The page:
they’re actually known as “psychics”, seeing as he hasn’t produced anything worth listening to since endtroducing. then again, some people have one good work in them and that’s that, and criticizing him for not doing the same thing forever is dumb. but i think he had one really grand idea that crystallized at the perfect moment in time.

                not sure about linux implementations, but ableton plus a controller (launchpad, apc, whatever) is basically what you’ve described.

                gylph – breakcore/glitch/whatever was really like great death metal at its finest, not so much speed for the sake of speed but speed in the service of something greater. venetian snares being the apotheosis of that, but figure all the grand offshoots of the 90s along the way like mike paradinas, squarepusher, etc etc and so forth.Report

              • Avatar dhex in reply to dhex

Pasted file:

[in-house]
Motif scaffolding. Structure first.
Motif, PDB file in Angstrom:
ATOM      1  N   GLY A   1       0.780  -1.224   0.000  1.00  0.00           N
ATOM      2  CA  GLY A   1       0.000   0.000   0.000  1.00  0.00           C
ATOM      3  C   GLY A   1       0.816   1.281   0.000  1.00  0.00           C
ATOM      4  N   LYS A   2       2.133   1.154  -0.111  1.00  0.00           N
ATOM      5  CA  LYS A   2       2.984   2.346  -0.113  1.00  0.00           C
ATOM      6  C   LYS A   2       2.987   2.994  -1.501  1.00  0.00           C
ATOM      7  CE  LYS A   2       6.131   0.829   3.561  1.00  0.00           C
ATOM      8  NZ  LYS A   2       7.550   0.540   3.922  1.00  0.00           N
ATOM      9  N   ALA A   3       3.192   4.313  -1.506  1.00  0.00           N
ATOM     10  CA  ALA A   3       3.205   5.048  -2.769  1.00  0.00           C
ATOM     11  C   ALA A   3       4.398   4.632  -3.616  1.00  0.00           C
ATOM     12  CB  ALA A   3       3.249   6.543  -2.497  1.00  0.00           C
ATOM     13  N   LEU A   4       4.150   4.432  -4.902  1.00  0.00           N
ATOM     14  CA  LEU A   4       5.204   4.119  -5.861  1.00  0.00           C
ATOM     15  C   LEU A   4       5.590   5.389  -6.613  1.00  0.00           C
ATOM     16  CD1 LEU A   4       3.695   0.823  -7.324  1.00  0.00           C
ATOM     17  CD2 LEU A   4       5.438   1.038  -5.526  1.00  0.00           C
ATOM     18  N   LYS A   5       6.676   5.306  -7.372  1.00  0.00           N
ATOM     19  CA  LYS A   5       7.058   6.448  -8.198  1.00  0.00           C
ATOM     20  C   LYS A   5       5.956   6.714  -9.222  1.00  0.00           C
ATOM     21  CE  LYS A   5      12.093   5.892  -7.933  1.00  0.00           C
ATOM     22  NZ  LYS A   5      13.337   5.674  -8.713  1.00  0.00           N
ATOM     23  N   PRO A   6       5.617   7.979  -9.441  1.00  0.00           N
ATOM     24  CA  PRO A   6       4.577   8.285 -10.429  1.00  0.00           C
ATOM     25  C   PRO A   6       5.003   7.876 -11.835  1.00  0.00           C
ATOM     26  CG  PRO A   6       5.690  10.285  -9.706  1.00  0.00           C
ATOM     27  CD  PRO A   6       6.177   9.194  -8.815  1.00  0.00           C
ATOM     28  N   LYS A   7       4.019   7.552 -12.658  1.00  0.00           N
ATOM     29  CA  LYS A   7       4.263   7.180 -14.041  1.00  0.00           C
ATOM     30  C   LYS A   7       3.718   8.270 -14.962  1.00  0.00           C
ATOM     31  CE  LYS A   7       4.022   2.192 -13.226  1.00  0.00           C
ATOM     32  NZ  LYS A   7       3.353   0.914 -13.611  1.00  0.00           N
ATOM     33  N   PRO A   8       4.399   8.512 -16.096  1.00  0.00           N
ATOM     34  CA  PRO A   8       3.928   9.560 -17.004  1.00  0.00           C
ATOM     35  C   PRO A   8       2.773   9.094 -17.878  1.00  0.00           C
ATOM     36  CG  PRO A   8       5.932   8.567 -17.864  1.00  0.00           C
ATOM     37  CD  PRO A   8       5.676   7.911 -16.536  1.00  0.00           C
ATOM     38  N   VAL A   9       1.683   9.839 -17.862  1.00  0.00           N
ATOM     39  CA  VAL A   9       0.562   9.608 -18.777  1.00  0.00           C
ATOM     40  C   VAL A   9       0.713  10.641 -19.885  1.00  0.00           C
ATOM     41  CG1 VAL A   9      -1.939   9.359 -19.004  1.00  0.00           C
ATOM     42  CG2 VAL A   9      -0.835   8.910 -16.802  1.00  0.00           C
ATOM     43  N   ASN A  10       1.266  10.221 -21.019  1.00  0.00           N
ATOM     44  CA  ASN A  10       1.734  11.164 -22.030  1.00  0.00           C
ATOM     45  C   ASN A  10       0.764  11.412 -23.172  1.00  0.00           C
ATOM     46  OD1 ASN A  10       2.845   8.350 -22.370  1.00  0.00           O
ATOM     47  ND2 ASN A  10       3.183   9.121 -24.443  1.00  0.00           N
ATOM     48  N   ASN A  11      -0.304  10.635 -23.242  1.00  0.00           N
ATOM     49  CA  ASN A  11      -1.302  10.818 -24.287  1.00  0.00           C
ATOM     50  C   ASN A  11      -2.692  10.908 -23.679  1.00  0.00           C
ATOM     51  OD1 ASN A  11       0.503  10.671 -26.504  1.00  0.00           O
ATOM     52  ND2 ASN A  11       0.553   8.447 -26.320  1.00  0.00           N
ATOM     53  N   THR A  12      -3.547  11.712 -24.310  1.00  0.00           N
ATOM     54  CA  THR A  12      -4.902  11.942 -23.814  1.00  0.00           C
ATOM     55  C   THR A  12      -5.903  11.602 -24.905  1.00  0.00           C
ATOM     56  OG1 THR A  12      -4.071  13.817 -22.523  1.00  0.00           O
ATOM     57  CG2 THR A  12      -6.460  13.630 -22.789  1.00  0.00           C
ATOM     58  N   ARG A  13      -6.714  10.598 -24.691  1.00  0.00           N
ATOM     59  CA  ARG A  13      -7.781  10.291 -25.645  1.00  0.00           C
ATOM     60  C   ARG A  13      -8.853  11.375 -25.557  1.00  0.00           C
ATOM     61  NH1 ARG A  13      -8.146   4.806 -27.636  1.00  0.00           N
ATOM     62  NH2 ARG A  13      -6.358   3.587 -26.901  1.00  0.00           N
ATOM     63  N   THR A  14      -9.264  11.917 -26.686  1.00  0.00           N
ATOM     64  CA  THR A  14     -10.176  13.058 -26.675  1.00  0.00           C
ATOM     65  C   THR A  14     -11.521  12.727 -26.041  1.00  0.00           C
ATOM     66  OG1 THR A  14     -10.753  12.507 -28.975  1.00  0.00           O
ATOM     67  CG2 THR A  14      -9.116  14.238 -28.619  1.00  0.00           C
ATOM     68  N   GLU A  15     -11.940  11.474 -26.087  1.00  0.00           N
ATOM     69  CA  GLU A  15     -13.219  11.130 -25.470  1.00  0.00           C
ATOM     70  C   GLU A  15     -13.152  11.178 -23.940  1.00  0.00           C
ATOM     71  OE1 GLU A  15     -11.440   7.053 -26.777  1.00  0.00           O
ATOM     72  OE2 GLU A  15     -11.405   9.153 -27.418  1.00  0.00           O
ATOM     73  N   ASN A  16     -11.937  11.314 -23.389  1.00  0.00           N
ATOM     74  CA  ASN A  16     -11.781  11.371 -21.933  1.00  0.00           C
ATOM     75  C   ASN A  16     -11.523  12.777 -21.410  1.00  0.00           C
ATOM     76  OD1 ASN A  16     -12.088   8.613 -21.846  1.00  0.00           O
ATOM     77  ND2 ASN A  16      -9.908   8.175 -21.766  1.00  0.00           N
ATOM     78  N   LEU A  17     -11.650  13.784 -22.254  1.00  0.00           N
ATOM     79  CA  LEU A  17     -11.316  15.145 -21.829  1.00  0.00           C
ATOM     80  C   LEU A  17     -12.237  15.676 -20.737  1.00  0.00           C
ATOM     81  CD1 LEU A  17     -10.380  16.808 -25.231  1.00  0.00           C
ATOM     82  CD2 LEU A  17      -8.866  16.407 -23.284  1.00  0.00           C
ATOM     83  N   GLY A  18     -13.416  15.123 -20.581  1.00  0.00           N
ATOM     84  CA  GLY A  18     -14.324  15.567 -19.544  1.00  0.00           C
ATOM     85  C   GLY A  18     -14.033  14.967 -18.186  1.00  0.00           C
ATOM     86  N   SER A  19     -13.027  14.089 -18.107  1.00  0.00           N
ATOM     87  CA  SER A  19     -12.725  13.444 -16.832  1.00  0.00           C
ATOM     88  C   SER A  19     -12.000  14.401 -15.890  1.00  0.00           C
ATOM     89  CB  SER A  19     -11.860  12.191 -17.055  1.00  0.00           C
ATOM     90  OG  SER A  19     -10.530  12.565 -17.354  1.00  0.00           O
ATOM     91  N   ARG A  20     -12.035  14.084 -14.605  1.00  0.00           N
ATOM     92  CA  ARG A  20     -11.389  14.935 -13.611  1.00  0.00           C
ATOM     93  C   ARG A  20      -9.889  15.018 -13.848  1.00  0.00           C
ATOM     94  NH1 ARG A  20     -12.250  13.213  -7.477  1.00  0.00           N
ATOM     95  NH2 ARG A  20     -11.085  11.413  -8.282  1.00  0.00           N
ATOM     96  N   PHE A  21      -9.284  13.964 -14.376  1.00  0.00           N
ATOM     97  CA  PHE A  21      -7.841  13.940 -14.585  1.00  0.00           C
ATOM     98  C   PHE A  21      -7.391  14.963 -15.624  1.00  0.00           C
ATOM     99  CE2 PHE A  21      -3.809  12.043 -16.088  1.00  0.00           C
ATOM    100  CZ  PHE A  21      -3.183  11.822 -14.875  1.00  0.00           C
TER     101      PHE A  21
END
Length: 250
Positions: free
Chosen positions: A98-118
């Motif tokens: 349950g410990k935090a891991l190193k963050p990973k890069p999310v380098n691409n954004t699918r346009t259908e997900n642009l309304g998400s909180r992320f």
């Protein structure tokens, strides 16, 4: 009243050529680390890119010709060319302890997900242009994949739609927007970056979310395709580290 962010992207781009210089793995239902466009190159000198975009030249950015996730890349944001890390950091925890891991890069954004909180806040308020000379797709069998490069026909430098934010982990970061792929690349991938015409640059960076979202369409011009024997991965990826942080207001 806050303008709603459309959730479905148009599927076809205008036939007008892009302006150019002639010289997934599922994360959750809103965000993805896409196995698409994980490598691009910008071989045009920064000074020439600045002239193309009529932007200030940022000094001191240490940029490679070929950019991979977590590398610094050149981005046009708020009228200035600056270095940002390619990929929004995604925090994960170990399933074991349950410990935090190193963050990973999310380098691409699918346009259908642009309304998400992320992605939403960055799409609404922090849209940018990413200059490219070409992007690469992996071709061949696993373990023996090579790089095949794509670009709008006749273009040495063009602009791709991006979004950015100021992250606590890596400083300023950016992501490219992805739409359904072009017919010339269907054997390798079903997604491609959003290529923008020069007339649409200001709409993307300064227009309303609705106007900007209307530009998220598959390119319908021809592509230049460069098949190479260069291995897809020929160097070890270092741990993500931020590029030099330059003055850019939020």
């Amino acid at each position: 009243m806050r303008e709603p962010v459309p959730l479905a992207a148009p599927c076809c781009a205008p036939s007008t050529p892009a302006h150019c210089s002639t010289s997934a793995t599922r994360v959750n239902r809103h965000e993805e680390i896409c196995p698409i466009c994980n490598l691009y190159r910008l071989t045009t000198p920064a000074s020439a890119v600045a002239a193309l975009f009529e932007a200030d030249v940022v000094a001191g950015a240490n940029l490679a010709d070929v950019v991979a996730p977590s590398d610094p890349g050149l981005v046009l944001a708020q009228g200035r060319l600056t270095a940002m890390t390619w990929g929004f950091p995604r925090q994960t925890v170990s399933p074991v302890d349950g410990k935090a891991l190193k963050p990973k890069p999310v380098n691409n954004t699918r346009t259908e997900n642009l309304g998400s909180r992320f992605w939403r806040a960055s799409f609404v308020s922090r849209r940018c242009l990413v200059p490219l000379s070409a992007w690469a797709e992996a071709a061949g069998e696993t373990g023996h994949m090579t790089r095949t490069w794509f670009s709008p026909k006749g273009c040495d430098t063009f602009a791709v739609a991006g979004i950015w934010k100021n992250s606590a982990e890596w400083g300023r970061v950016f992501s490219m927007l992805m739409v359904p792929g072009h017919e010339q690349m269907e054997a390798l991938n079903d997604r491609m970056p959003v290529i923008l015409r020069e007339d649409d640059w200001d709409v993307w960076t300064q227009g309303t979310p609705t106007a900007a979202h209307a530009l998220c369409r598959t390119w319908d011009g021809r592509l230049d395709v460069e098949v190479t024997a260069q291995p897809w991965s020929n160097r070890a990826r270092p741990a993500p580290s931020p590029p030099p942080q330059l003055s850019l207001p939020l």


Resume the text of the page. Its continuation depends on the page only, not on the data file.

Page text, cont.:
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                says:

                contra the electro-humano-combo-no-go-oh, there’s genghis tron:

                http://youtu.be/GMJWgInNEfQ

                video is kinda lame but whatever.

                fish buttons (my new name for them forever and ever) kinda reminded me of gt the first time i saw them play live (opening for mogwai). gt live was fairly insane, saw them on a tour with pig destroyer.Report

              • Avatar Glyph in reply to dhex
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                says:

                Aw man that’s not entirely fair to Shadow. Even exempting Preemptive Strike ( as mostly just early single versions of what would become Entroducing) and those 7″ mix dealies he did w/ Cut Chemist, I thought the Dark Days score was nice and thought Private Press was about half good (the final track is one of the best things he’s done IMO). But he gets a lifetime pass for Entroducing, like Shields does for Loveless.